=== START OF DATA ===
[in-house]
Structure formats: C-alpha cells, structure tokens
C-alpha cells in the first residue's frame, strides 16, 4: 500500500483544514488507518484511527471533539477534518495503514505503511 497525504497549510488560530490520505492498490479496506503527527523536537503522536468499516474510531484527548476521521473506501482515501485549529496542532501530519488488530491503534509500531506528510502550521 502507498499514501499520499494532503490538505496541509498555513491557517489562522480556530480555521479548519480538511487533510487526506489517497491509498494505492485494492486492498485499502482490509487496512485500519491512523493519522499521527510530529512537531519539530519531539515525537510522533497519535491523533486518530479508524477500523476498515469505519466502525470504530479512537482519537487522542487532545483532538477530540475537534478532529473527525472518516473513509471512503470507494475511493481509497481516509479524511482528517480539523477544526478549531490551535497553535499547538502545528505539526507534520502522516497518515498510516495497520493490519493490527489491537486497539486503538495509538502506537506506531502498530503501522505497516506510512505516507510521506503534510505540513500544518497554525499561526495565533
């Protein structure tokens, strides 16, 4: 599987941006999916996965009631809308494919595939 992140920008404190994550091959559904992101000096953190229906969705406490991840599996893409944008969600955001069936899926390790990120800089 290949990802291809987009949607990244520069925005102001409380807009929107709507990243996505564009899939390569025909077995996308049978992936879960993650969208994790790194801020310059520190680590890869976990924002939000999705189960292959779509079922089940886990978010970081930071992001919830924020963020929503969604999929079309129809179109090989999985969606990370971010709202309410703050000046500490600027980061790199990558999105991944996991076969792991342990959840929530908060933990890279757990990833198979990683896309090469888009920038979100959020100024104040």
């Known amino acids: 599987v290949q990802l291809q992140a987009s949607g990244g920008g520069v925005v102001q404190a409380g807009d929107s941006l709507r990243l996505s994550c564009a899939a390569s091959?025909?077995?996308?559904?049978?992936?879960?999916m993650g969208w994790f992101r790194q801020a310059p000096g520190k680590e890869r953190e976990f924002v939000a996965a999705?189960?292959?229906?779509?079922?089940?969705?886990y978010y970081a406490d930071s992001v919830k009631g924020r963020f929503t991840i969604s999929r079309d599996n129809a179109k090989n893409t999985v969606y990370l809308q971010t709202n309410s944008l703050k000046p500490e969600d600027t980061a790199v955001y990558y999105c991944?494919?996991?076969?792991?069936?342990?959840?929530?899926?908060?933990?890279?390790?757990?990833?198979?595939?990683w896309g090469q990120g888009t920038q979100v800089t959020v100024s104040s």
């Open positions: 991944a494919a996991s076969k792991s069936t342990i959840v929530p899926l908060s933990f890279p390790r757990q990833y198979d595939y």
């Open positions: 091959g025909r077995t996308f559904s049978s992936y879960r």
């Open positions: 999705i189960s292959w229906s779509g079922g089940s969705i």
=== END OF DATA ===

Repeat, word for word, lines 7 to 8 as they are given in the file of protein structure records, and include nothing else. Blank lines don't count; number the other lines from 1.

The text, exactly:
């Open positions: 091959g025909r077995t996308f559904s049978s992936y879960r």
């Open positions: 999705i189960s292959w229906s779509g079922g089940s969705i």